“A year later, after going to regular meetings with other exonerees, Mr. Scott set up the House of Renewed Hope using some of his compensation money from the state. … He asked Mr. Phillips and Johnnie Lindsey, another exoneree, to be co-founders. …

“He’s getting close with one case. House of Renewed Hope has teamed up with the Innocence Project of Texas to try to exonerate Leslie Davis, a man who served 28 years in prison for aggravated robbery. His conviction was based largely off testimony from a Dallas police officer who claimed he’d eavesdropped on Mr. Davis confessing to the crime while hiding in some bushes.

“Some other Dallas officers gave similar testimony around that time in the early- and mid-90s, earning the nickname the ‘Bushmen’ with some county prosecutors, and it later came to light that several of them had been disciplined internally for dishonesty.

“ ‘That’s something that should have been disclosed to the defense and was not,’ says Mr. Ware of the Innocence Project of Texas.

“Mr. Davis was released on parole several months ago, but he is still trying to clear his name. ‘It’s close,’ says Mr. Scott. ‘We just need a little more information.’ ” More here.

 

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As costs come down, solar and wind energy are being embraced in interesting places. Stereotypes about Texas and Big Oil will have to go.

Matthew Rozsa reports at Salon, “The notion that Texas might become a hub for renewable energy innovation isn’t that new. As Forbes noted earlier this month, Texas — which produces 37 percent of America’s crude oil and 28 percent of its natural gas — has more than 10,000 wind turbines, allowing it to produce more power from wind than the combined power produced by 25 other states from all energy sources.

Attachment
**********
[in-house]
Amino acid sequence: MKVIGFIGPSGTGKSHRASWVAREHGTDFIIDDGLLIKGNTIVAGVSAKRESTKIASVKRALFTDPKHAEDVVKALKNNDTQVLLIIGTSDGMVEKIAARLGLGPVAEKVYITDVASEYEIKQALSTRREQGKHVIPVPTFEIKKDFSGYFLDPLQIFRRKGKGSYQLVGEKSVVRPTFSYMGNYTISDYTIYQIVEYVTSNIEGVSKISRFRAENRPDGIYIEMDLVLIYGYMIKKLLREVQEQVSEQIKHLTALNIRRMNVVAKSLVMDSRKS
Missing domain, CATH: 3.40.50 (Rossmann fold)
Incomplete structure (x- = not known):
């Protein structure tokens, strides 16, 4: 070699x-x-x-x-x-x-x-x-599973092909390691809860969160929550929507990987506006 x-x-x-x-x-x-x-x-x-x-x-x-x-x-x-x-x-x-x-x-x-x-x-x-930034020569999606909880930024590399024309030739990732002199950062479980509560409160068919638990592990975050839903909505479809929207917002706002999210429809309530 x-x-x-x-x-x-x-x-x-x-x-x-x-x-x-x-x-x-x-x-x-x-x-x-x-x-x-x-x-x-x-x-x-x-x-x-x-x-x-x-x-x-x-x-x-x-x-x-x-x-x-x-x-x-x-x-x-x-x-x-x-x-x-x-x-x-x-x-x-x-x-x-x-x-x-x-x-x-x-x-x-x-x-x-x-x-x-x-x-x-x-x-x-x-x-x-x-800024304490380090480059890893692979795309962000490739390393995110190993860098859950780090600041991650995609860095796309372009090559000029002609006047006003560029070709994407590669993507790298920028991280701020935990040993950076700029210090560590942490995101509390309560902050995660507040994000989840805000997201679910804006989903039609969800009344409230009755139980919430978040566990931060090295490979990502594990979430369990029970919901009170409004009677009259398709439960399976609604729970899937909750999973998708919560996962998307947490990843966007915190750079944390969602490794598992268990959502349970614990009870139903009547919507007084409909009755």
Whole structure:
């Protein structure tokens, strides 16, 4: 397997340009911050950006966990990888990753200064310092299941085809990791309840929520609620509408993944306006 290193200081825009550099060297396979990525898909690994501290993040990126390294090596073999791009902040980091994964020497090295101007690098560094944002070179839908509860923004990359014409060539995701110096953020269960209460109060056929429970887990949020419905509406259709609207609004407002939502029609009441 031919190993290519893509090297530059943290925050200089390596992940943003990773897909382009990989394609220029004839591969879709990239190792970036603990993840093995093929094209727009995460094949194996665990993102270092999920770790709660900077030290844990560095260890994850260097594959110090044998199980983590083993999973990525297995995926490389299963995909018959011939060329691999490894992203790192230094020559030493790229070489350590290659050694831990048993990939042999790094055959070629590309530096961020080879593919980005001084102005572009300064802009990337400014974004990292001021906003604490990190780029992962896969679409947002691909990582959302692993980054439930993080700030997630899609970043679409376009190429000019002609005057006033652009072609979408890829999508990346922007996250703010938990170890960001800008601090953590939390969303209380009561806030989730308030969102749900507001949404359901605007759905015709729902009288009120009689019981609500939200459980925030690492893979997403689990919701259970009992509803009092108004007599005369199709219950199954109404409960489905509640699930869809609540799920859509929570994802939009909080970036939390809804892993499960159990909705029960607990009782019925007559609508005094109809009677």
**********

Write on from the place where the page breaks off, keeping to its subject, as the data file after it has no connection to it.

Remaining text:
“Similarly, The Wall Street Journal reported [in 2015] that Texas expects more than 10,000 megawatts of solar-generating capacity to be installed across the state by 2029, which is almost the size of all the operational solar farms in the United States today.”

Rozsa quotes Texans who were interviewed by Voice of America in October:

“ ‘A lot of wind companies have evolved to include solar and wind because solar has become so cheap. It is quite competitive with not only wind, but with fossil [fuel] generation,’ said Andy Bowman, chairman of Pioneer Green Energy.

“This point of view was echoed by Jennifer Ronk, a renewable energy expert at the Houston Advanced Research Center. ‘There is a lot of research being done, a lot of development being done,’ she argued. … ‘I think there is a mix of solutions that are going to be the optimal outcome.’ ”

I’m pretty sure that cost factors will ensure the continuation of renewable-energy research — if only at the state level.